Right is a four-letter word

When I was two years old, I had a pretty good idea of the difference between right and wrong. Actually, looking back, I probably had a better idea of it then than I do now; as we get older, I’m discovering we are expected to blur the lines between right and wrong to suit ourselves and our cultures.

My clearest memory of this comes when I got my first pet. It was a fish, and I loved him. Or her, seeing as I’m not sure. My mom bought it for me after I said the word “Fish.” (She’d have bought me a pony if I had said “pony;” I swear it. I was a late talker and my parents were overly enthusiastic whenever I said a new word.)

It wasn’t until one night when my mom made me fish sticks for dinner when I found myself poised on the precipice of morality. She looked at me and said, “Eat your fish.” I looked at her, then to the new bowl with my pink terra with its long, delicate tail, and then back at my mom and said in my very brief but serious way, “I like fish. I don’t eat fish.”

At two, there were no blurred lines for me. Fish were pets. You don’t eat pets. The line between right and wrong was sharp and non-negotiable.

Oddly enough, I’m reminded of this story as I face today’s lesson in my World History class learning about the slave trade. Back when I was younger, discussions of slavery were pretty cut and dry: Bad European (and later colonial) traders would go to Africa and steal people.

Again the line between right and wrong is definitive.

Enter high school curriculum (I’m a bit advanced for a twelve-year-old): so much more detailed than its predecessor. I’m learning that slavery in Africa began long before the Europeans and their colonies came along. Africans usually did not enslave their own people, but did own slaves from neighboring African communities. These slaves were often treated very well—practically like members of the family. But other times not, even using slaves as human sacrifices.

Ah, the things they don’t cover in middle school history that are delved into in ninth grade.

So it shouldn’t come as much of a surprise to make the jump and learn that African leaders themselves (especially those in Western Africa) participated in the slave trade. It wasn’t until the onset of the very lucrative triangle trade — where ships would profit heavily taking African slaves across the ocean to sell them to sugar plantations, then loading their ships with sugar to be sold in the British North American colonies, then fill their ships with the rum made from the sugar to be taken back to Europe to be taxed and sold — that some African leaders questioned the logic of selling their slaves after witnessing how they were treated and the subsequent decimation of their population. And anyone could see why! The slaves taken by the Europeans were treated brutally. In fact, traders packed three to four hundred slaves on a single ship for the trek across the ocean, crowding them on because they knew that many of them would die (one in seven dead before seeing land on the other side). The slaves slept chained to each other on hard, wooden planks, often waking to discover that they were now chained to a dead person. Disease was rampant. Even worse, the slave traders would sometimes murder slaves who became ill because their ships were insured and while the insurance would not compensate for slaves who died from disease, they would compensate for slaves who drowned.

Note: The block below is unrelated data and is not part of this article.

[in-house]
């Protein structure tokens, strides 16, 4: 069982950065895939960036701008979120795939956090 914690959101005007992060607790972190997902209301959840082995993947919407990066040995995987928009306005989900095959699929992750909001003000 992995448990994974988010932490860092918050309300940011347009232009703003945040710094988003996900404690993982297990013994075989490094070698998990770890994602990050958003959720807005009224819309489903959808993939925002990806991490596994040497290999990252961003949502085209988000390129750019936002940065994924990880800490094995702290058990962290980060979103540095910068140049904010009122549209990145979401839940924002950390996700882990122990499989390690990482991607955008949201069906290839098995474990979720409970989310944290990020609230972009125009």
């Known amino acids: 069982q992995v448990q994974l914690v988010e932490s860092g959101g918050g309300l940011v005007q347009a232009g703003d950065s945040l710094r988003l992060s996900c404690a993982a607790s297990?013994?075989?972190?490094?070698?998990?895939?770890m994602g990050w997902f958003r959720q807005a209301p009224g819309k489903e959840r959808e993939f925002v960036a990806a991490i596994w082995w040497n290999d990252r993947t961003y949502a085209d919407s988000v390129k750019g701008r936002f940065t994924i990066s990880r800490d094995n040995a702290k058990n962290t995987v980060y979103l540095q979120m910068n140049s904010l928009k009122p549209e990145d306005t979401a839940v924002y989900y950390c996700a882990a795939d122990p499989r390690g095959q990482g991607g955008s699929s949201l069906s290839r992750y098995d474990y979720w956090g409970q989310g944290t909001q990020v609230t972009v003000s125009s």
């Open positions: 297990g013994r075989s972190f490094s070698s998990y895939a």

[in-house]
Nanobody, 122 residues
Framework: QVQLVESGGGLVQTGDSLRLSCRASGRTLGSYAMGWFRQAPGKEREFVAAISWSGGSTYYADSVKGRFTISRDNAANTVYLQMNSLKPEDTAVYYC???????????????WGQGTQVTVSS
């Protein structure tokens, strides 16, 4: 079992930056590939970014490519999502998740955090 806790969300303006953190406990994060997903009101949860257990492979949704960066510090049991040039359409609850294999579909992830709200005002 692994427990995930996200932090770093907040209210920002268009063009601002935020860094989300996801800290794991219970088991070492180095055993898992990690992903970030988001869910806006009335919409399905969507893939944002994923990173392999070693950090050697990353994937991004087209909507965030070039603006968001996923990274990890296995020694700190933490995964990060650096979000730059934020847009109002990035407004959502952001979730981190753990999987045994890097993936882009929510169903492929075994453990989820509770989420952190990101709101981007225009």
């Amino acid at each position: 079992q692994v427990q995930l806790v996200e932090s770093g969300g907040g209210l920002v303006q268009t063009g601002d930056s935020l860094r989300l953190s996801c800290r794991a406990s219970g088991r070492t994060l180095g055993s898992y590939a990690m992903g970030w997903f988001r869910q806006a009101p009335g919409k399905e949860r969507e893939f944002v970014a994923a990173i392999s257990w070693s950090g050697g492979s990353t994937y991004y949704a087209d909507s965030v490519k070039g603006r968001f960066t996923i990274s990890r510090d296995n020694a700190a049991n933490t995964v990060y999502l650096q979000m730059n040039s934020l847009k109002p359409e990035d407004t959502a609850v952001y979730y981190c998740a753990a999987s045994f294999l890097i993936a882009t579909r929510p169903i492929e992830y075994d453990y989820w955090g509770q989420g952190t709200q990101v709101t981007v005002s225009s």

All totaled, according to my high school’s curriculum, more than four million slaves were brought to the Americas alone.

With hindsight, it’s easy for us (at least if you have an ounce of compassion) to know that slavery in any form, in any number, no matter how the slaves are treated, is wrong.

Humans cannot own humans. Period.

But this history lesson makes me consider the slippery slope any of us can take when we say something to a smaller degree is okay. But when it’s broadened that somehow makes all the difference. The African leaders who sold slaves were similar in a way to our own nation’s Founding Fathers, many of whom I firmly believe were good people, great patriots, and had high moral standards. Yet they owned slaves and even often acknowledged the wrong in it. Perhaps they, like those African leaders who sold their slaves, thought that it was a justifiable wrong. They might have thought, “Our economy depends on it” or “It’s okay because I treat them well” or “Hey, I have to feed my family somehow.” All the justification in the world doesn’t change the fact that it’s wrong. Plain and simple. And if we dip our toe in the wrong waters, suddenly we find ourselves swimming with sharks and the things that we know are wrong become rampant and even more difficult to stop.

What other things do we encounter in our lives that we think are okay is some small degree?

At two, I knew that if I loved my fish, then it was wrong to eat sea creatures, a principle I’d apparently gotten over at some point by the time I was two-and-a-half and discovered the joys of popcorn shrimp.

We stand in judgement of other cultures when we speak of the horrors of the poor puppies in countries like Korea who are bred strictly to be eaten. I know—as a dog owner, it turns my stomach, too. But cows are just as cute, and highly intelligent pigs are often even kept as pets the same as one would a dog.

How’s that bacon tasting now?

So, before anyone criticizes my title and informs me that right is not a four-letter word, but in fact five letters (proving that you didn’t actually read my article) then I would argue that it is one. Not a literal four-letter word. But a figurative one. “Right” is one of those pesky words that might get you into trouble if you say it out loud. Right—while not a bad word—it’s a difficult one. It’s inconvenient. Hazy. A conundrum. It’s makes us uncomfortable when we take a good, honest look at ourselves and our actions.

Unless you are two.

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